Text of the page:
Many South Africans simply refuse to pay their electricity bills, which is also a political problem. There is no way the ruling party would permit Eskom to cut off the vast majority of Soweto residents (around 80 percent) who don’t pay. Eskom therefore finds it impossible to collect the tens of billions of rand it is owed by delinquent customers. Even when it does attempt to cut off deadbeats, vandalism and illegal hookups render such measures futile. Any serious crackdown by Eskom on this rampant theft would doubtless be met with violence.
This would be a challenge even for the best managers, but Eskom’s managers are not the best. As a parastatal, Eskom is subject to aggressive diversity targets under Black Economic Empowerment laws. In 1995, its senior management was mandated to go from 70 percent white to 50 percent black by 1999 and 75 percent black by 2005. In 2008, Eskom’s head of human resources announced, “Over the next five years…Eskom has to appoint two new staff every day, and it is adamant that one of them will be a black woman.”
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These targets were replicated across all sectors of the South African economy, and everywhere they have had the same effect: incompetence. Anthea Jeffery’s Bee: Helping or Hurting? documents multiple instances where people died because hospital administrators or water inspectors hired due to affirmative action were not qualified for their jobs. R.W. Johnson, the international press’s most widely read writer on South African affairs, has only one leg today because in 2009 he injured his foot swimming in a lagoon that proved to be polluted and the resulting infection required an amputation—just one more casualty of incompetence at the Department of Water Affairs.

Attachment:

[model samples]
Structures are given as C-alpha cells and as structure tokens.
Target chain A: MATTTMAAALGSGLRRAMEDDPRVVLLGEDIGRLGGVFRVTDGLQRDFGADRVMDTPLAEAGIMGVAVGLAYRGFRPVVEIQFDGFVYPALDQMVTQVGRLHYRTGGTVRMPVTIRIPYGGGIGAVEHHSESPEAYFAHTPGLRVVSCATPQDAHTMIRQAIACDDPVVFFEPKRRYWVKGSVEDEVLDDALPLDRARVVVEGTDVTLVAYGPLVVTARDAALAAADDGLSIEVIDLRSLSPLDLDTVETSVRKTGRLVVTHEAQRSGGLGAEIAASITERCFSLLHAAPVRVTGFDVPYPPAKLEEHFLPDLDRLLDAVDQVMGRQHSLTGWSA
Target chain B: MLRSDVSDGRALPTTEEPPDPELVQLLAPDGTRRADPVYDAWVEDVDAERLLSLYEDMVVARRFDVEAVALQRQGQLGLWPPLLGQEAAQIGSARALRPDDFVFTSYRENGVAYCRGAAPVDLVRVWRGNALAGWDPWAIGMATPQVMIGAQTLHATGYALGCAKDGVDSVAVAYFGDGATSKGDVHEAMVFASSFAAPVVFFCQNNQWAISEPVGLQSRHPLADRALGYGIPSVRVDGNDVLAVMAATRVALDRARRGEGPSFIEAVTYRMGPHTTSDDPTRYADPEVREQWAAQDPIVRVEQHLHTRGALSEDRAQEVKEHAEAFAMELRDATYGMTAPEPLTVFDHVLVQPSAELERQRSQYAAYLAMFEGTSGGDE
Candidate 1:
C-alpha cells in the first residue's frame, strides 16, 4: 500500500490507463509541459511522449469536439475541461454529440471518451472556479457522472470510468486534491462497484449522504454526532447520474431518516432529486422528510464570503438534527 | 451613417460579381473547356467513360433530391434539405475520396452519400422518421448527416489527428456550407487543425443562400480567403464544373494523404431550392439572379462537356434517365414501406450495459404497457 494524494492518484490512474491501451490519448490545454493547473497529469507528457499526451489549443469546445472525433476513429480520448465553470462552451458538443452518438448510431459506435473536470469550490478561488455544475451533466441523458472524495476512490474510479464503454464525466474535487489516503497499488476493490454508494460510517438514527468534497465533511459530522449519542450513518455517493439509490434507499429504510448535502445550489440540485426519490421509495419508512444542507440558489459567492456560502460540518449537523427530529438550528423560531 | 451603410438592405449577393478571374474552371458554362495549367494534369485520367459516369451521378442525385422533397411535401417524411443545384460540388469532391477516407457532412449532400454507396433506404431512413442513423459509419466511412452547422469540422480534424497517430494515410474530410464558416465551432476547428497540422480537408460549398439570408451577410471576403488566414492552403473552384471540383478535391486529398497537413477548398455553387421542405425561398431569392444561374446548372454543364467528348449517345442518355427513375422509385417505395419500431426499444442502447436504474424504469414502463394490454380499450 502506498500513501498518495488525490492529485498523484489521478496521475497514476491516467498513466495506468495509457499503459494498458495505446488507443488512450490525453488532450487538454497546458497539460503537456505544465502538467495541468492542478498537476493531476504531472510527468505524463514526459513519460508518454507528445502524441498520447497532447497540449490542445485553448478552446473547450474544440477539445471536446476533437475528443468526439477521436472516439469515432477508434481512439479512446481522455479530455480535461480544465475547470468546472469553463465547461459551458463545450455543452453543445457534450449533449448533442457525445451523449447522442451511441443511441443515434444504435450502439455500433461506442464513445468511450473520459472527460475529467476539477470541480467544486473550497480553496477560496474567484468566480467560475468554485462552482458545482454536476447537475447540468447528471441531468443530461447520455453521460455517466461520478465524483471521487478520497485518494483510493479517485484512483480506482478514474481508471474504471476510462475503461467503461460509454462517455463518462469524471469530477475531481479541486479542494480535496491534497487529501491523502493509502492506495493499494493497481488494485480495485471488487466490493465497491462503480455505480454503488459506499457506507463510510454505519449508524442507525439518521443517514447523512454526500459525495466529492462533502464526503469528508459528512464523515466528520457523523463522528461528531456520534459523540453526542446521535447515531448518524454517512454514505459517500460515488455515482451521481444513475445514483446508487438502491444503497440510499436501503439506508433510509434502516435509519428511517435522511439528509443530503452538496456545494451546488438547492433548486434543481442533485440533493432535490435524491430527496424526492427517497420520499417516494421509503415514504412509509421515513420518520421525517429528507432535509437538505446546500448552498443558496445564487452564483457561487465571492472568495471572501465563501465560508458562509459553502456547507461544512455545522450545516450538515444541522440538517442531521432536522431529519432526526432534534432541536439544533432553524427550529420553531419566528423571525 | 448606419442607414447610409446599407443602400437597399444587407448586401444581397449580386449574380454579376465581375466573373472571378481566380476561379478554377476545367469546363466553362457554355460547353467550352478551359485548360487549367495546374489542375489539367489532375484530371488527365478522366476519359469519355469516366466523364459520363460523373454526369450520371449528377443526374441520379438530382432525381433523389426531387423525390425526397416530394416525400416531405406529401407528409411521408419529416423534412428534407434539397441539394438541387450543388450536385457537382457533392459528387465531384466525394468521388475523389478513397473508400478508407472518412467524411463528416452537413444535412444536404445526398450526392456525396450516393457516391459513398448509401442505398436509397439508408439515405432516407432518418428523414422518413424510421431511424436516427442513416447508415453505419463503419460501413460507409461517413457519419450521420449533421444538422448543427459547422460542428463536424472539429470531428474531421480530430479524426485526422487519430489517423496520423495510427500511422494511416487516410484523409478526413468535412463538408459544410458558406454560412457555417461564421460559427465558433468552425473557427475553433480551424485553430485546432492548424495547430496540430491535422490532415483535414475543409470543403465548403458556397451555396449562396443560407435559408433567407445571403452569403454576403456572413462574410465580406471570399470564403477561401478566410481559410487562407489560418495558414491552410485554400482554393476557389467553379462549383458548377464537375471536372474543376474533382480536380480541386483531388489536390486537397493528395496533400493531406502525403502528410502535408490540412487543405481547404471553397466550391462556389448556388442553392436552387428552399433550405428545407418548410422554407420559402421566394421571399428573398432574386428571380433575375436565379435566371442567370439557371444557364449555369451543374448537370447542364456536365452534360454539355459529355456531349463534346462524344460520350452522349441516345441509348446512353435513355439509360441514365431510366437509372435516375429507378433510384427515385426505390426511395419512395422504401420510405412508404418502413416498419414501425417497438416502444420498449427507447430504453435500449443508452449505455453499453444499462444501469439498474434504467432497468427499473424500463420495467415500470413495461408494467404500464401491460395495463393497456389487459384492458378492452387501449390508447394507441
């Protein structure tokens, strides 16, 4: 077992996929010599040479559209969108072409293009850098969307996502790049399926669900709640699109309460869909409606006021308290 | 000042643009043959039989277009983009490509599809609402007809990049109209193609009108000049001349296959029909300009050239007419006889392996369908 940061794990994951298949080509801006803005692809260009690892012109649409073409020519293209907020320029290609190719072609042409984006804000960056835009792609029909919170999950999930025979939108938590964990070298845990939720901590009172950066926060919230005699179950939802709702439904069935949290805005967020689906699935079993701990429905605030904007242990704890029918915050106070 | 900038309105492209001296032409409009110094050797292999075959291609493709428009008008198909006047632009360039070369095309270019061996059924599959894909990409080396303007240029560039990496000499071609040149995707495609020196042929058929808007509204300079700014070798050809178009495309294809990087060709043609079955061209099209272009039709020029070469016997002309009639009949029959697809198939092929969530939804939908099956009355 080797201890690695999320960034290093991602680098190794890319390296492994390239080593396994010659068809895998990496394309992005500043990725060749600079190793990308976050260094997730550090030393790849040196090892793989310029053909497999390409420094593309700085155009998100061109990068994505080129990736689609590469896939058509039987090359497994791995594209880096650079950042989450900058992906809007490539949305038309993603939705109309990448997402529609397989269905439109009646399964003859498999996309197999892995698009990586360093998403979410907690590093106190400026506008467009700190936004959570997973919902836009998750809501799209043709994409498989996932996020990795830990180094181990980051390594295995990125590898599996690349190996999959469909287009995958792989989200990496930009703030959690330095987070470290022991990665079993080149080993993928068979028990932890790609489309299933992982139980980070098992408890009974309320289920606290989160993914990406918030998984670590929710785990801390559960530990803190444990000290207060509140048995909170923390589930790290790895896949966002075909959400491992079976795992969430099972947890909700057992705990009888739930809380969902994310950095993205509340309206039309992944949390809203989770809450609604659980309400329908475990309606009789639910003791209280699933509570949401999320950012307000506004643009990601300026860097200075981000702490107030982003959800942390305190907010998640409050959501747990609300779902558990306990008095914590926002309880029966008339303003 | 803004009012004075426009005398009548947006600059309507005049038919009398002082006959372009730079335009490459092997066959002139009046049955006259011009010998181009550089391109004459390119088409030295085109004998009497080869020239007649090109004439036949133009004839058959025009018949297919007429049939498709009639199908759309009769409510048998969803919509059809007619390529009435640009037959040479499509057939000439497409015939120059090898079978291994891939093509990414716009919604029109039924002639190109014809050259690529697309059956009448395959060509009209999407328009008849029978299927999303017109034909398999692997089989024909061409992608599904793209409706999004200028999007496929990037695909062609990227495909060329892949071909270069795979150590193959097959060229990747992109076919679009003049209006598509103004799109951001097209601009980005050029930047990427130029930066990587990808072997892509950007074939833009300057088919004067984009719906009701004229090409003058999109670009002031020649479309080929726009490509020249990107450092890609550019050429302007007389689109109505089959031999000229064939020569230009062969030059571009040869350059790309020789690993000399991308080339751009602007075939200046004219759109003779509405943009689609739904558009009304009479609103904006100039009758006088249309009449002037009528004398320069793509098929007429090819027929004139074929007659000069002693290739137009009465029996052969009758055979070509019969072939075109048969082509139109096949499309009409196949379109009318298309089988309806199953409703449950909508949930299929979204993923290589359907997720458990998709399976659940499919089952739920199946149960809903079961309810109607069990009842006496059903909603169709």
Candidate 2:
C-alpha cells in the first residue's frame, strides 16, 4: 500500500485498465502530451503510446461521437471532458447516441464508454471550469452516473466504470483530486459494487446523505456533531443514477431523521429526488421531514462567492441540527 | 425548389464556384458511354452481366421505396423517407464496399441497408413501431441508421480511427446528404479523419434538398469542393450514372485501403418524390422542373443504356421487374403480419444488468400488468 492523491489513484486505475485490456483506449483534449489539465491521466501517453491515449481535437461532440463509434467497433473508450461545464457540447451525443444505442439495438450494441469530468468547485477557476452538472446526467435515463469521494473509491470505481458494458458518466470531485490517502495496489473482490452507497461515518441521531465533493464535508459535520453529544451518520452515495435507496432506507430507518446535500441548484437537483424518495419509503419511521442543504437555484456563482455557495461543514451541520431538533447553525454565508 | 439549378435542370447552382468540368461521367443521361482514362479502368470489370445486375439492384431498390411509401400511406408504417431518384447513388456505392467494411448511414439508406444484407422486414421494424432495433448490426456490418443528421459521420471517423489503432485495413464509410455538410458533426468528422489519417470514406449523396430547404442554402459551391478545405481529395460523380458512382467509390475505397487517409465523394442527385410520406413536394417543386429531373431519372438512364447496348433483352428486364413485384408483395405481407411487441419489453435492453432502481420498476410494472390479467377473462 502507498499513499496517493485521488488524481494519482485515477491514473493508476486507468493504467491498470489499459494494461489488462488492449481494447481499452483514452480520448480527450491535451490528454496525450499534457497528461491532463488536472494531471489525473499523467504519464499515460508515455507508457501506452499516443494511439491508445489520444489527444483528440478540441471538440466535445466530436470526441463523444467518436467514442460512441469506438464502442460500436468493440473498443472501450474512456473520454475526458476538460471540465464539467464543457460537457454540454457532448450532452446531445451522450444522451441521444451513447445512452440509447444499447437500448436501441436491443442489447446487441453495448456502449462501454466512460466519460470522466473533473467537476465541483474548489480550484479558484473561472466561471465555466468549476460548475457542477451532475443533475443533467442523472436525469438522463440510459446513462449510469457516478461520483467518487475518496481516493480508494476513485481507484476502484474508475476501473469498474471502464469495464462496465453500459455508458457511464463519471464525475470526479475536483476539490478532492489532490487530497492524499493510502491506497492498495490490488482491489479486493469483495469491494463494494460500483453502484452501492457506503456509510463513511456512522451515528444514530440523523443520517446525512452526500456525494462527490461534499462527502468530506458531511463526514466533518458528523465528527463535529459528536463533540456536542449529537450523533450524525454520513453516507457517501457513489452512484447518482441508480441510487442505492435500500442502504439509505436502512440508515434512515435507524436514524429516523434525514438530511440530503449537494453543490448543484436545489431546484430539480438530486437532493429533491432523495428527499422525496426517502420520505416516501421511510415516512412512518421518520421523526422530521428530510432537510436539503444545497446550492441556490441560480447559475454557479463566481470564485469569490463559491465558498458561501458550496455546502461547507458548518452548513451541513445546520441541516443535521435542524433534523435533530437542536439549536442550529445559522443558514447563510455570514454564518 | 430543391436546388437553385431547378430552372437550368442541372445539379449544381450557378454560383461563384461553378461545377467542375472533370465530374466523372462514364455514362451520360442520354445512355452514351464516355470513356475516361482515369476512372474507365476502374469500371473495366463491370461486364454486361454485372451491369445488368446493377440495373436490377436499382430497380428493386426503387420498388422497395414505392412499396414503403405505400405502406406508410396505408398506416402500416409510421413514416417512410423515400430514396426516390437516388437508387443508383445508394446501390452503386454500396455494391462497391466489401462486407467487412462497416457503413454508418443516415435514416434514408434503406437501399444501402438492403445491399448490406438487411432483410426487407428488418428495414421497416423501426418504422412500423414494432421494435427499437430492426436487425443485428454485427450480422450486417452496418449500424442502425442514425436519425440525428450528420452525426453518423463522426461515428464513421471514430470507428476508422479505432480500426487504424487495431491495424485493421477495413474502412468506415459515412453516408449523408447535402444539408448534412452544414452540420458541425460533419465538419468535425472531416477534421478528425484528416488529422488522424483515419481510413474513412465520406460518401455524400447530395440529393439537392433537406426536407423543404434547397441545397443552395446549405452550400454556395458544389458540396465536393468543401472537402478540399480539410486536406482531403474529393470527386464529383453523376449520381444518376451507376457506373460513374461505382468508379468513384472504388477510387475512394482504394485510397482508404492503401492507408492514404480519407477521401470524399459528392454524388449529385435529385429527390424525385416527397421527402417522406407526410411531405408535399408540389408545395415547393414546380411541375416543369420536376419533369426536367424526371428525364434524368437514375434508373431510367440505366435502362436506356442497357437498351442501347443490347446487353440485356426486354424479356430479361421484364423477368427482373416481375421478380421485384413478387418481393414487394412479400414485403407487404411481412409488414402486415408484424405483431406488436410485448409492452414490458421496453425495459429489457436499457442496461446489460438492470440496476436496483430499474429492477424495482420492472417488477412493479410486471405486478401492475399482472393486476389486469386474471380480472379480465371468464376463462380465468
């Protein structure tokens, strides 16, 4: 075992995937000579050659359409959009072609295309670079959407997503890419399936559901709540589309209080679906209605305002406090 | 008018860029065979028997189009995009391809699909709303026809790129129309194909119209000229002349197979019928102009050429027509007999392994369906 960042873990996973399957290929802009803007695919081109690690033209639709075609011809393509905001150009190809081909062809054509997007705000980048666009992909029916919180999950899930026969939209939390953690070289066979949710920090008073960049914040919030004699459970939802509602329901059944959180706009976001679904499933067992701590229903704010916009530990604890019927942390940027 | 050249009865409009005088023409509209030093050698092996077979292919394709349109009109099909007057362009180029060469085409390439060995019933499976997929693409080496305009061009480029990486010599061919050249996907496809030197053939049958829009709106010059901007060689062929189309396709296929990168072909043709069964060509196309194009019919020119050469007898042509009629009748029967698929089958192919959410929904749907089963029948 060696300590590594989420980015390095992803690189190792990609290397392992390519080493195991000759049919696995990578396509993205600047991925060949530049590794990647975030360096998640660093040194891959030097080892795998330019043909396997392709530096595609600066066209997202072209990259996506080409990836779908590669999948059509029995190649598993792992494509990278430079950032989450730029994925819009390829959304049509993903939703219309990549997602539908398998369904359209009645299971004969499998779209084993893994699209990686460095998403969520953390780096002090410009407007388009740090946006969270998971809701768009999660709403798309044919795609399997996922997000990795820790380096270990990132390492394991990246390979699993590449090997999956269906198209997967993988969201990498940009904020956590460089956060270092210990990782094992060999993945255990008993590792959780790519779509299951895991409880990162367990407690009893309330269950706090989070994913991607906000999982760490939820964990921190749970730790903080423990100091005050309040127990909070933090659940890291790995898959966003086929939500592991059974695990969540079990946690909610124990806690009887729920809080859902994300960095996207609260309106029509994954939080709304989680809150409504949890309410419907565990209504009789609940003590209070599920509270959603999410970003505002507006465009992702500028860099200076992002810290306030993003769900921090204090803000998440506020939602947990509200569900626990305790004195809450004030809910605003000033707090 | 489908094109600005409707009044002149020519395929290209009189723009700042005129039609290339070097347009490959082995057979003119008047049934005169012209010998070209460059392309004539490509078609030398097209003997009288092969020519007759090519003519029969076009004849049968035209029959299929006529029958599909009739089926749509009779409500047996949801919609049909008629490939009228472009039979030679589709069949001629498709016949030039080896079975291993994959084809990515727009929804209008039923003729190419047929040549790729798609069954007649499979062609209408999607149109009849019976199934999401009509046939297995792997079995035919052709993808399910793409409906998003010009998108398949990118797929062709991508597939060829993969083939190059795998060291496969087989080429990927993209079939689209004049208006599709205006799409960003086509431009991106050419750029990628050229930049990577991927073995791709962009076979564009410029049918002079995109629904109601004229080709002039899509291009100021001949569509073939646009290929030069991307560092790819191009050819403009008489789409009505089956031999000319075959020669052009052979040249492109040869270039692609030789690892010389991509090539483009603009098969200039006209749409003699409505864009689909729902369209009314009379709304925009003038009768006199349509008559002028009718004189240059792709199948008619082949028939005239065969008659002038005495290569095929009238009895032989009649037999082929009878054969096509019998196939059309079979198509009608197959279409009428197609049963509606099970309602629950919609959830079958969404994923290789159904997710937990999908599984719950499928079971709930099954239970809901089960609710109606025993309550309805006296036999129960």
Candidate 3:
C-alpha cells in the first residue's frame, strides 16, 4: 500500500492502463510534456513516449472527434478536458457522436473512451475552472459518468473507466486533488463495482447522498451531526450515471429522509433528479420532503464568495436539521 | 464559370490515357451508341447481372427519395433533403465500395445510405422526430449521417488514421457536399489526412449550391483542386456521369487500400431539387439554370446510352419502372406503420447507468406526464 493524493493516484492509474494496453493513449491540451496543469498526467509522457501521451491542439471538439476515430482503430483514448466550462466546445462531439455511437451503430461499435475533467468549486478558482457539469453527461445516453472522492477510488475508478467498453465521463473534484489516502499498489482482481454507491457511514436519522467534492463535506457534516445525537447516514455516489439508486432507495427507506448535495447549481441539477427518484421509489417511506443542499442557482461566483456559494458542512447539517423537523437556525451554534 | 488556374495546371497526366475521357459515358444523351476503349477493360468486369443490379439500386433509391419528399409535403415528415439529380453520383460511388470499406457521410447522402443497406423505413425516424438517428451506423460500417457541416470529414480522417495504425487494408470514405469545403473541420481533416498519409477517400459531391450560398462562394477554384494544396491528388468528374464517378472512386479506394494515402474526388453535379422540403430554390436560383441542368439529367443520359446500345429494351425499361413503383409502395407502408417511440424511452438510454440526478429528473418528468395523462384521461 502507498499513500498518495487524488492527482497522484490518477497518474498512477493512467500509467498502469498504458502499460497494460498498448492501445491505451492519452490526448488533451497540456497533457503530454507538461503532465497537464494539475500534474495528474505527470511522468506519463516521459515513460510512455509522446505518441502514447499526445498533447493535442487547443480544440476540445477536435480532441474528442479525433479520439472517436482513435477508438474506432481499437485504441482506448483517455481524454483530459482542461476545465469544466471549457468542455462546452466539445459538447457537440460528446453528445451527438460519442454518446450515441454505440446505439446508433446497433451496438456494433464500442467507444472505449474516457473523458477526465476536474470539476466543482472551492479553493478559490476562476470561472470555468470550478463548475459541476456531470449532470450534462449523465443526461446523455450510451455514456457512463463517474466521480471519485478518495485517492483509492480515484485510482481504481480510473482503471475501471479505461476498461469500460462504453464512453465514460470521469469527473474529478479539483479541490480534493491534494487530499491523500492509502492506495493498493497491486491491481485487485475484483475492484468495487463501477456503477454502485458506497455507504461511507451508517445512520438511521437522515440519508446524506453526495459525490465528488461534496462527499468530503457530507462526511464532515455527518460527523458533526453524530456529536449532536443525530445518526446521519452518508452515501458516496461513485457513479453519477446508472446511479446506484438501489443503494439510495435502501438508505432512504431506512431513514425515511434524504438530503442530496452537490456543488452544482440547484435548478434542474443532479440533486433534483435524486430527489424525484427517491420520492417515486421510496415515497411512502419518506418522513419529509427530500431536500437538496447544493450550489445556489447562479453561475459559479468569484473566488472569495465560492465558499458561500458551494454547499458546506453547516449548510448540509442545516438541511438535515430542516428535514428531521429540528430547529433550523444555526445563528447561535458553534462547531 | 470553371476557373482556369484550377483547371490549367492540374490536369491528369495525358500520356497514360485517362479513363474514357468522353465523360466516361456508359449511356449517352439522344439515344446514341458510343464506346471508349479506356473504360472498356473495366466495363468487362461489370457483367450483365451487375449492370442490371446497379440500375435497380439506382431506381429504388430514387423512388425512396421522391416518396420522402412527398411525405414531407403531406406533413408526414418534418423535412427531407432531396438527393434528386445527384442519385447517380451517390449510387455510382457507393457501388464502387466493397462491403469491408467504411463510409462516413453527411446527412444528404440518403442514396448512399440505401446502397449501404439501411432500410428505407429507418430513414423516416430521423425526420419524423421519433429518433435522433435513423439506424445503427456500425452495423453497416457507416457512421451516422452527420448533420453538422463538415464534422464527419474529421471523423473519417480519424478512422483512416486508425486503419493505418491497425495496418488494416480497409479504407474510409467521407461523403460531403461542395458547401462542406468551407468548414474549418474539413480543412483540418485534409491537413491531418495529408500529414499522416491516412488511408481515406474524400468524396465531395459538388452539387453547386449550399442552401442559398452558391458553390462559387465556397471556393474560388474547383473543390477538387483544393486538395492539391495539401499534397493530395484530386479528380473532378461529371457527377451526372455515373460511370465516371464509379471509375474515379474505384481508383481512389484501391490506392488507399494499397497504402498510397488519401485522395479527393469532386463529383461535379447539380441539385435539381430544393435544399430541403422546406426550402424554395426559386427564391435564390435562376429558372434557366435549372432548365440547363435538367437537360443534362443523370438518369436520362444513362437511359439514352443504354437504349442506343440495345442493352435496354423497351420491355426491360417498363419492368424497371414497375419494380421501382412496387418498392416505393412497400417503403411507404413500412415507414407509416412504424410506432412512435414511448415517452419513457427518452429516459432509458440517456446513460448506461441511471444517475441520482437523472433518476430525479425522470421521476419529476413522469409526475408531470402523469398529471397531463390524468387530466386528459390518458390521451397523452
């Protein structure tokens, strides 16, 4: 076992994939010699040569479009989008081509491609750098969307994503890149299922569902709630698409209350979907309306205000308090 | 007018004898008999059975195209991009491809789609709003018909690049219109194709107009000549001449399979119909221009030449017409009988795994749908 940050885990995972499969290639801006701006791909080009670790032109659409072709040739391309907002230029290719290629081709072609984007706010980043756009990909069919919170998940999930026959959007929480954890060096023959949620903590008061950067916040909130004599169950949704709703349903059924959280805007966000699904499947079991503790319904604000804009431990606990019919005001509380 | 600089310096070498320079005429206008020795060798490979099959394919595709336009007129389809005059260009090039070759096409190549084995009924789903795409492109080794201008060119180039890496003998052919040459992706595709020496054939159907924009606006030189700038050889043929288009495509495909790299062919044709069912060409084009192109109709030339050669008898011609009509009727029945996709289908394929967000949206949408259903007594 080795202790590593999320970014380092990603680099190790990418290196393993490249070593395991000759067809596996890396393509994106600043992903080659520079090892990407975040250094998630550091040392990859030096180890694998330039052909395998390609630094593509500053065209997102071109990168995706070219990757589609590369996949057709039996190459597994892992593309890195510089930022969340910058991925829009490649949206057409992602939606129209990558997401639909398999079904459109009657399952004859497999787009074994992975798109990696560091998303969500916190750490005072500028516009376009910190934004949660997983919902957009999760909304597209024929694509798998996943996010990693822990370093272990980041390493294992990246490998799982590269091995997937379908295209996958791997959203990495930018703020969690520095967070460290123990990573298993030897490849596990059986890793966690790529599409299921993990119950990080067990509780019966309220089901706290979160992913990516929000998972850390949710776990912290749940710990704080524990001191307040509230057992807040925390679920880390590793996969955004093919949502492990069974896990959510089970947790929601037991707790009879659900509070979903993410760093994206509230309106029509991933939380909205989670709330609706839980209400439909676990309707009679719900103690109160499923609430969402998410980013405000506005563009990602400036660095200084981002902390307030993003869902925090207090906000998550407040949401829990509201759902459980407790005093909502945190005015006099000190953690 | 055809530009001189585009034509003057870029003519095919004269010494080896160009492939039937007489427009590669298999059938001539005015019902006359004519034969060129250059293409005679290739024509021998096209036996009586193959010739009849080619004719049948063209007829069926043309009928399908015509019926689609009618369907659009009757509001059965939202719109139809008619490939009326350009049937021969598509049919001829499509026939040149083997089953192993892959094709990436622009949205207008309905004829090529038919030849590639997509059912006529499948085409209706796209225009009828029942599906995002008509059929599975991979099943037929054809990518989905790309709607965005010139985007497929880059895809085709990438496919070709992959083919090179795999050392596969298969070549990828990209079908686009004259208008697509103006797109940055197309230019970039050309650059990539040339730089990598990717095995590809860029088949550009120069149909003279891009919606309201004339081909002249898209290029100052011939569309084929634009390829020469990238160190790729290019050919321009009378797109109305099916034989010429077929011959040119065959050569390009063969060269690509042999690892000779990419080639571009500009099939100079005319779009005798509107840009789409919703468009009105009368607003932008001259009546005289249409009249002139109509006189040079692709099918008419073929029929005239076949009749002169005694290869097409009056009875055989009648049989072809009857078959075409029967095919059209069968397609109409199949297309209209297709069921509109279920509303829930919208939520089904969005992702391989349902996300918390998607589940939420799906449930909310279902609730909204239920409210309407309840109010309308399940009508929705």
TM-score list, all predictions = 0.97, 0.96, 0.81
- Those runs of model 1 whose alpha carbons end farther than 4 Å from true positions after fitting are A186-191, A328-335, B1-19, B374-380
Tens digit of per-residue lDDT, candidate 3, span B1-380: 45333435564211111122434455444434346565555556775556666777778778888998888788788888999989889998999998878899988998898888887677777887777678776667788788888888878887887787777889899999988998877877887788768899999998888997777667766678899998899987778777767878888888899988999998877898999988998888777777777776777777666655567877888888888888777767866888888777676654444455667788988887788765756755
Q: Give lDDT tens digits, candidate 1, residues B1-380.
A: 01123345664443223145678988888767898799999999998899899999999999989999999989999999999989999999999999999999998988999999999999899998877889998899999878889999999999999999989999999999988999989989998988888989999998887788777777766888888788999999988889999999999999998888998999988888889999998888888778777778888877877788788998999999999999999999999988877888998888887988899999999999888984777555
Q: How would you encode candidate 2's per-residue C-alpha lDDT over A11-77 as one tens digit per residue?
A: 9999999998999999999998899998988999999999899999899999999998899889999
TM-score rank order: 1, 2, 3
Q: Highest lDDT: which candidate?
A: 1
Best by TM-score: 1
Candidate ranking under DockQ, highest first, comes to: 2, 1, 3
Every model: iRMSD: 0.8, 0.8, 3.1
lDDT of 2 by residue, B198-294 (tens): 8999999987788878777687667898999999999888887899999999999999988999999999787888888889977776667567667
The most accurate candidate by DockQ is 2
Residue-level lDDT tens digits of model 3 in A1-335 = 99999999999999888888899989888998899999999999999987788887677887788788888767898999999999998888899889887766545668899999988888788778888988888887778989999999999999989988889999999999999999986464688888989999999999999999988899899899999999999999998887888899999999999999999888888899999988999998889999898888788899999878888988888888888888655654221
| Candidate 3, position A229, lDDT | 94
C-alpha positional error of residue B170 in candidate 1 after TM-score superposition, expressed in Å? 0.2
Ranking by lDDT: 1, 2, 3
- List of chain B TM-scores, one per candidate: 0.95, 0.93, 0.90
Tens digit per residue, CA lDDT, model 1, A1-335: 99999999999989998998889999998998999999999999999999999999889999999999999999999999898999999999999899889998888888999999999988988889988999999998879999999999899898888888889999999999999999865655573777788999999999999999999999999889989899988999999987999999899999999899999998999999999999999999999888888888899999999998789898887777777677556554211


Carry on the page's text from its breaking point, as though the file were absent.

The electricity business involves bigger sums of money than water management, which is where the third factor in Eskom’s fall comes in: crime. Eskom has been a target of mafia syndicates in a way that other utilities have not, because of the black market value of the commodities it handles, notably coal but also wires and equipment. South African journalist Kyle Cowan investigated several failures at Eskom facilities, such as downed pylons and jammed coal mills, and discovered many cases where sabotage was the likely cause. Never attribute to malice what can be explained by incompetence—but, as the assassination attempt against De Ruyter shows, both are certainly at play here. Plant managers at Eskom facilities need bulletproof vests and armed bodyguards to walk around their own facilities.
The fundamental problem that makes Eskom’s situation so intractable, as De Ruyter said in his interview, is that “you can’t post a policeman over every employee’s shoulder to watch what he’s doing.” Sabotage and theft are often invisible. The effort needed to turn around such a widespread problem would be massive, requiring support not only from management at all levels but from law enforcement, politicians, and bureaucrats. That is why it is unlikely to happen. De Ruyter eventually concluded as much, which is why he is heading off for a well-deserved vacation—somewhere out of the country, he says, beyond the reach of assassins. “I think it will be good for my health.”
I’m a journalist who specializes in investigative reporting and writing. I have written for the New York Times and other publications.